By Rodrigo Campos
NEW YORK (Reuters) - The S&P 500 hit a record on Tuesday to lead global equities higher ahead of a Federal Reserve meeting on the future of the U.S. stimulus program, while the euro hit a one-week low.
The U.S. dollar climbed the most in almost two months against a basket of currencies as the euro, which earlier brushed against last week's two-year high versus the greenback, reversed course.
Wall Street stocks advanced, with the S&P 500 at yet another intraday record high on continued expectations the U.S. Federal Reserve will keep its $85 billion monthly bond purchases intact for several months.
Markets were thrown for a loop in mid-September, when the expectation was high for the Fed to start trimming its monthly purchases. Although many are wary of surprises when the Fed publishes a statement after its two-day meeting concludes on Wednesday, most see the recent rally in riskier assets and a dollar selloff as largely factoring in the decision.
"The Fed surprised me by not tapering in September and the key reason they cited was the fact inflation is running very moderately, and they still have lots of room on the inflation front," said Doug Foreman, co-chief investment officer at Kayne Anderson Rudnick Investment Management in Los Angeles.
"Certainly the data today didn't give them anything different to think about that."
U.S. producer prices unexpectedly fell in September and the increase in the annual rate was the smallest in nearly four years.
The Dow Jones industrial average rose 87.64 points, or 0.56 percent, at 15,656.57. The Standard & Poor's 500 Index was up 6.72 points, or 0.38 percent, at 1,768.83. The Nasdaq Composite Index was up 3.59 points, or 0.09 percent, at 3,943.72.
MSCI's world equity index edged up 0.1 percent, trading within last week's range.
In Europe, shares edged higher as results at BP (BP.L) and Saipem (SPMI.MI) fueled a surge in the oil sector, a laggard in this year's equity rally. The FTSEurofirst 300 index closed up 0.4 percent.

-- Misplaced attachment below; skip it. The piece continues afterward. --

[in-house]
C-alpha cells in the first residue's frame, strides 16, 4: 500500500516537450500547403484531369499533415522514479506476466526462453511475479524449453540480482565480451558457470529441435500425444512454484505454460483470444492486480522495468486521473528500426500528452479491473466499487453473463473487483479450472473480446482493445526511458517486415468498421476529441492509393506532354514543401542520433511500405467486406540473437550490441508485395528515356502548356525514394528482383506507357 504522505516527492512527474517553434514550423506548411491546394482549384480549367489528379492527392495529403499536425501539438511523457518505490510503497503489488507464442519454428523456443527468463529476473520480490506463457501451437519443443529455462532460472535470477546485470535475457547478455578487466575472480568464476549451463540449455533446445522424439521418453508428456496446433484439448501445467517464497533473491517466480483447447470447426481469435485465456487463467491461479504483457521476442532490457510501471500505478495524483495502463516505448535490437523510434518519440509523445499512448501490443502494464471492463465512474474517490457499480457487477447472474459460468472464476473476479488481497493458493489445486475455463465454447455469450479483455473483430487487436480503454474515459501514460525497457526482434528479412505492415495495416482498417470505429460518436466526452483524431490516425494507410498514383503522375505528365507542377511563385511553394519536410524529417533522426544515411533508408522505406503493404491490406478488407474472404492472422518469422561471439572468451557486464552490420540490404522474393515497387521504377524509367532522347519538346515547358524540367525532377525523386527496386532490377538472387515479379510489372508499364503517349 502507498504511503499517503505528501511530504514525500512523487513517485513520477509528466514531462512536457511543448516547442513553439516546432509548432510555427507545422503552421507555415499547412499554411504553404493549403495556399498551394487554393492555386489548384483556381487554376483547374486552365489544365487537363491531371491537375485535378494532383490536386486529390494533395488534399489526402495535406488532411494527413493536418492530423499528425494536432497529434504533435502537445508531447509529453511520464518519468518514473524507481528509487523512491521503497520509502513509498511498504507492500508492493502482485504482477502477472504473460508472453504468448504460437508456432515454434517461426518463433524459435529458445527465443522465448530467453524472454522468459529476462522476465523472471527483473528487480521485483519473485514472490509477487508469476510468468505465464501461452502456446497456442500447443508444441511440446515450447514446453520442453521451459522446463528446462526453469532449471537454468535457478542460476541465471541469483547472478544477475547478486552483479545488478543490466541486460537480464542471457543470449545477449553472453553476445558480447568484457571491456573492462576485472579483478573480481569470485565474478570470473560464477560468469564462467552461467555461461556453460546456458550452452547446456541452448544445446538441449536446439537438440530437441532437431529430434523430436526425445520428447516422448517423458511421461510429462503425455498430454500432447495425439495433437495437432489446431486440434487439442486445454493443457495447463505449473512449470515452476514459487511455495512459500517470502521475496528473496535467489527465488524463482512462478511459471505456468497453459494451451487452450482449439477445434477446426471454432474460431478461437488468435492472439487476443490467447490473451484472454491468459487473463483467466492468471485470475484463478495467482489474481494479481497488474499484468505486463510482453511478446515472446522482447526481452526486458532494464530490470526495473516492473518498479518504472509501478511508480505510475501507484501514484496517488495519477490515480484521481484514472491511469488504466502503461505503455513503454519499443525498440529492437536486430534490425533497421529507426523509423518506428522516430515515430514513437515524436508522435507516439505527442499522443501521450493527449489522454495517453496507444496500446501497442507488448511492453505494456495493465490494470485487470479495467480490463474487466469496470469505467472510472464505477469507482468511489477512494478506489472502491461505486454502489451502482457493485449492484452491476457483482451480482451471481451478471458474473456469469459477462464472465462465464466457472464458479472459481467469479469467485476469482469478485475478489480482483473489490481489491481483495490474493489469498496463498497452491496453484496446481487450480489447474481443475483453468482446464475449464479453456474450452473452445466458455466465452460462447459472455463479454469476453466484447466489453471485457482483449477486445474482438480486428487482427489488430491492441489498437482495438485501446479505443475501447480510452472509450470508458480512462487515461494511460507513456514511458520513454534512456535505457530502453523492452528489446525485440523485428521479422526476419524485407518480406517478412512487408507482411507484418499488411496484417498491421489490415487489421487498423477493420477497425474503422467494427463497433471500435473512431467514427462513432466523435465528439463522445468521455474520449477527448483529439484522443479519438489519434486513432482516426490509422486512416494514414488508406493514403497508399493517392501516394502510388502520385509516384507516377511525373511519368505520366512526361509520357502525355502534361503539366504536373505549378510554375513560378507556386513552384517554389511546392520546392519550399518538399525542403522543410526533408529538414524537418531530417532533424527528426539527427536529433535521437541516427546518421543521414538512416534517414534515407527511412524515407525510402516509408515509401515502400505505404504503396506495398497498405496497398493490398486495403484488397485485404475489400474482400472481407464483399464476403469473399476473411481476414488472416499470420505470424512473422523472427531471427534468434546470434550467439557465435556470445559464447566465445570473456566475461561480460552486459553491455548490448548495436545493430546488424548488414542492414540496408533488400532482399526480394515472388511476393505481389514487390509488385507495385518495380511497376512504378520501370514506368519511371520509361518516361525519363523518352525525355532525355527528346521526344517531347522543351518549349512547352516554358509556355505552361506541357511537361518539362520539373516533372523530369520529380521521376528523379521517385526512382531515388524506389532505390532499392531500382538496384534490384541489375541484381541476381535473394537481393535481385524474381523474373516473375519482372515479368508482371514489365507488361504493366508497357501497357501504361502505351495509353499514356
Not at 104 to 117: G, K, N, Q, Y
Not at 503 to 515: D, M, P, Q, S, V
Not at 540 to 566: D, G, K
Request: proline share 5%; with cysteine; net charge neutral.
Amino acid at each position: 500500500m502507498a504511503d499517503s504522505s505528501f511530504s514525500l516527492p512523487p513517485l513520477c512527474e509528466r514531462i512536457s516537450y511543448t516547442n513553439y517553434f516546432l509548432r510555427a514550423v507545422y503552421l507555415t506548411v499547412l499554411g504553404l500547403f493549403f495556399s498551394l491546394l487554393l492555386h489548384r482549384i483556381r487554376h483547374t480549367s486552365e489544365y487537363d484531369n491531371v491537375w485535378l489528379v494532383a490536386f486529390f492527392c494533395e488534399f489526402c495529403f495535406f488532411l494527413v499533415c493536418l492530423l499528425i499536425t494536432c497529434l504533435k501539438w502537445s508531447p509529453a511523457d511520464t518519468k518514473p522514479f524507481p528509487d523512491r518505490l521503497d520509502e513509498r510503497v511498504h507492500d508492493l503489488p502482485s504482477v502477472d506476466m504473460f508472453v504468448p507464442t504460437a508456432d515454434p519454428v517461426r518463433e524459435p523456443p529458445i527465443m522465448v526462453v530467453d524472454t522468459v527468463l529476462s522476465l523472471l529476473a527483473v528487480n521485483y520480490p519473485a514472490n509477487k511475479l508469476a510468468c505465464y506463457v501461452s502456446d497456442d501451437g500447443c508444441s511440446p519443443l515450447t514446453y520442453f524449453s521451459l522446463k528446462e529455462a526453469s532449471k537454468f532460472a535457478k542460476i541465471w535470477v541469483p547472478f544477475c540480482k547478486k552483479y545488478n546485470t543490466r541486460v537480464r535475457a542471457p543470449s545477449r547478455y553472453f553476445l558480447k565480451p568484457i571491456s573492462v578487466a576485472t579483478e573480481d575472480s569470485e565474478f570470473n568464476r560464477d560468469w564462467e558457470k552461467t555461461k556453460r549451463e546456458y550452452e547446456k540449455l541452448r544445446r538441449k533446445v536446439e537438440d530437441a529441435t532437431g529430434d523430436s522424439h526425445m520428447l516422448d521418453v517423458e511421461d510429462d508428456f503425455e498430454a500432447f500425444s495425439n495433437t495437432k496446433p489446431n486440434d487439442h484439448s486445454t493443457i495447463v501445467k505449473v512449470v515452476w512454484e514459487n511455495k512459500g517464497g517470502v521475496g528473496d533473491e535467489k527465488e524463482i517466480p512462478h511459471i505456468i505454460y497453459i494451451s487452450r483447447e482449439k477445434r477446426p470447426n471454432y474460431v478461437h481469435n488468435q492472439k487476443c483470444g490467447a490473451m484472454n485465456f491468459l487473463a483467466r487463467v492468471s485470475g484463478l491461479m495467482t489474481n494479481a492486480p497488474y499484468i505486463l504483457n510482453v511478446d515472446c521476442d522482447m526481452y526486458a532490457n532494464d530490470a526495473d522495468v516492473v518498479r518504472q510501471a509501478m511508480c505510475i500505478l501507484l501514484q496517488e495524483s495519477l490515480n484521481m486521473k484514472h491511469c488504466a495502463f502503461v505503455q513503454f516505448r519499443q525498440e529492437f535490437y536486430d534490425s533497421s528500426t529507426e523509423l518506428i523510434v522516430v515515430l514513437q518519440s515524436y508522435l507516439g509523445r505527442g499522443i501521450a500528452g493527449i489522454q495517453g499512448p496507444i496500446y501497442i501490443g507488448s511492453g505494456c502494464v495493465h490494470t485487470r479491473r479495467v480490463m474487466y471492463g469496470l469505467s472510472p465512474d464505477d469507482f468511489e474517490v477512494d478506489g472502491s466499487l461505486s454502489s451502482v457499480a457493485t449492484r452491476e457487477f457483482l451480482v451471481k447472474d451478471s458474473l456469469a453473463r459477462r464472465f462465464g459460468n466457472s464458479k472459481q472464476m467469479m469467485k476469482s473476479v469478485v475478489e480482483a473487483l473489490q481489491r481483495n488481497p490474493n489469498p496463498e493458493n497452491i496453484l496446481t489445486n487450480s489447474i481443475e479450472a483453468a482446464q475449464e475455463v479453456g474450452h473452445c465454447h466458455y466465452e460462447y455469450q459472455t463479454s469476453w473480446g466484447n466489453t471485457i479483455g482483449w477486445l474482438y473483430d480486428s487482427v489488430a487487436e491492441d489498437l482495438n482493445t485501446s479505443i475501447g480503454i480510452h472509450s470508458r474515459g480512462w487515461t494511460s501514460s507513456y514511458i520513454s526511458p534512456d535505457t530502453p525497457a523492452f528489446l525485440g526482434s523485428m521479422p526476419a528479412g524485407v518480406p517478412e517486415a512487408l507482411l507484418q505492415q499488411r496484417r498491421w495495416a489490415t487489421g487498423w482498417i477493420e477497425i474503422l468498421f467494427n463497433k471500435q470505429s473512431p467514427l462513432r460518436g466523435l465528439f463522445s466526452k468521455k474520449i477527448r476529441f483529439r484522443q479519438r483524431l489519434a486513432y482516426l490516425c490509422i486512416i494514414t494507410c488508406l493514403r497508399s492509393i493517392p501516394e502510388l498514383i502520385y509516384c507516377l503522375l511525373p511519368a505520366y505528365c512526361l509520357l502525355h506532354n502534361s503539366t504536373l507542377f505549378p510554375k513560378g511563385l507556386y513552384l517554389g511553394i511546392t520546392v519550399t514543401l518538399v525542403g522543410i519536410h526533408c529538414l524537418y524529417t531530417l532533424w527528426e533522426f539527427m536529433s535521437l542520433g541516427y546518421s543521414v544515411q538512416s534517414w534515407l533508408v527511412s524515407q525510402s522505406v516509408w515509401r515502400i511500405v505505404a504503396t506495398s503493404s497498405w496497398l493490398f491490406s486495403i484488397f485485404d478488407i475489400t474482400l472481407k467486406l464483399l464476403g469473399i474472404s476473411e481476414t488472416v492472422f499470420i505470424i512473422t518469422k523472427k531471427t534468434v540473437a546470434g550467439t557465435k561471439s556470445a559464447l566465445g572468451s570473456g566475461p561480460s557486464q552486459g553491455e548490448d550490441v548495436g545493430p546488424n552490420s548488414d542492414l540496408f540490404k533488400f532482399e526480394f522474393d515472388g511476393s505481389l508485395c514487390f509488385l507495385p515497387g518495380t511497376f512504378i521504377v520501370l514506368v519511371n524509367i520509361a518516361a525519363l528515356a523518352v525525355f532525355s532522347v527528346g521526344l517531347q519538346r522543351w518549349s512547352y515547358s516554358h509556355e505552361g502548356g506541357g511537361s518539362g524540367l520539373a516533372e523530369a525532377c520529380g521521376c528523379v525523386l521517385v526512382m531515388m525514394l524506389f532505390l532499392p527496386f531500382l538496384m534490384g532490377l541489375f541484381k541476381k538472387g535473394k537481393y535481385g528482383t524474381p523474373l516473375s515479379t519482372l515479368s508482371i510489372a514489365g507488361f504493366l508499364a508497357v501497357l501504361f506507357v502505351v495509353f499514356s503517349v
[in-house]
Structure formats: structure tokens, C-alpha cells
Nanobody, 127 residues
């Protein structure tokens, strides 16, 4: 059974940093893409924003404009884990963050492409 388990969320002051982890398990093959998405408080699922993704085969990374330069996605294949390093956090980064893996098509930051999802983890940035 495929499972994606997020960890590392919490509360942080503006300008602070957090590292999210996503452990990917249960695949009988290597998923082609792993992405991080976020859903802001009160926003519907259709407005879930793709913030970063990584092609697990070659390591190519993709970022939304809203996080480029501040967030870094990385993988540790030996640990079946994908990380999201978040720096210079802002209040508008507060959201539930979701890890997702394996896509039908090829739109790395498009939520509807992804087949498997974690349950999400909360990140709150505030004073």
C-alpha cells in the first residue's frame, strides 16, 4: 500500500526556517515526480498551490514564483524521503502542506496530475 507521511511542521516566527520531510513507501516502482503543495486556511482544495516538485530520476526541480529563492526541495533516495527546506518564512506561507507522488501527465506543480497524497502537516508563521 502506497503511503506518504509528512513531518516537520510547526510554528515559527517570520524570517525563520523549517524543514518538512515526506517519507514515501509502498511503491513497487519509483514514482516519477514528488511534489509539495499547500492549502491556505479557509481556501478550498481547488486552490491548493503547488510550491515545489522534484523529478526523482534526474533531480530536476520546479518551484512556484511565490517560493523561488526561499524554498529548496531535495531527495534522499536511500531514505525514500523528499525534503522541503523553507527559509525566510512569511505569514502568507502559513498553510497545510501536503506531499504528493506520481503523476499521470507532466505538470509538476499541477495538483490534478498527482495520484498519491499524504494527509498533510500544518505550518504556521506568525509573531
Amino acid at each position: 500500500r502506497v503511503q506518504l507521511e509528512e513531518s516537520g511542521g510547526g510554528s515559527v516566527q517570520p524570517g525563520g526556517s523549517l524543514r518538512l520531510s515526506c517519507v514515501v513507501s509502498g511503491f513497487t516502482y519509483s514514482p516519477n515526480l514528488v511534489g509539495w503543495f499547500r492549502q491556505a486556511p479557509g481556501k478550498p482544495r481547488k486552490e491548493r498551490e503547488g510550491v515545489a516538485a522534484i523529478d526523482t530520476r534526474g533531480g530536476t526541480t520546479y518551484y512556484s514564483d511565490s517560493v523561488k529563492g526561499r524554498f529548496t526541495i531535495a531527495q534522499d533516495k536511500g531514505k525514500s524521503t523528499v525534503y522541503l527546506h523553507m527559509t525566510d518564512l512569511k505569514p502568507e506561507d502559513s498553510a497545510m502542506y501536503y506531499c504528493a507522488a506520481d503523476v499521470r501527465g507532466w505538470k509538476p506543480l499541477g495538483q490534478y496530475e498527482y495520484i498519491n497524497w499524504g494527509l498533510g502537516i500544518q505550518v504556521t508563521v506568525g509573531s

The euro hit a one week low against the dollar at $1.3735 but was still close to a two-year high hit last week. The single currency had hit $1.3813 earlier after the European Central Bank's Ewald Nowotny said he does not see any tool the ECB could use against a strong euro.
The dollar gained 0.5 percent against a basket of currencies in its largest percentage gain since early September.
U.S. Treasuries prices were flat, with yields close to three-month lows. The light trading volume suggested traders were reluctant to make big bets ahead of the Fed meeting and as the Treasury Department sought to sell $96 billion in coupon-bearing debt this week.
"The market is directionless. There is no urgency to push yields higher or lower," said Lou Brien, market strategist at DRW Trading in Chicago.
Benchmark 10-year Treasury notes were unchanged, the yield at 2.5106 percent.
Spot gold, which earlier rose more than 8 percent from a three-month low in mid-October, fell 0.5 percent to around $1,345 an ounce, pressured further by the dollar strength.
Brent crude fell 1 percent to $108.52 a barrel, though traders said this was a consolidation after a 2.5 percent gain the previous day, when reports of a sharp drop in Libyan oil exports rekindled worries over global supply. U.S. crude was off 0.6 percent at $98.05. (O/R)
Libya's crude oil exports have dropped to less than 10 percent of capacity as the government has struggled to reach a deal with protesters blocking its big eastern facilities, with some demanding a greater share of the oil wealth.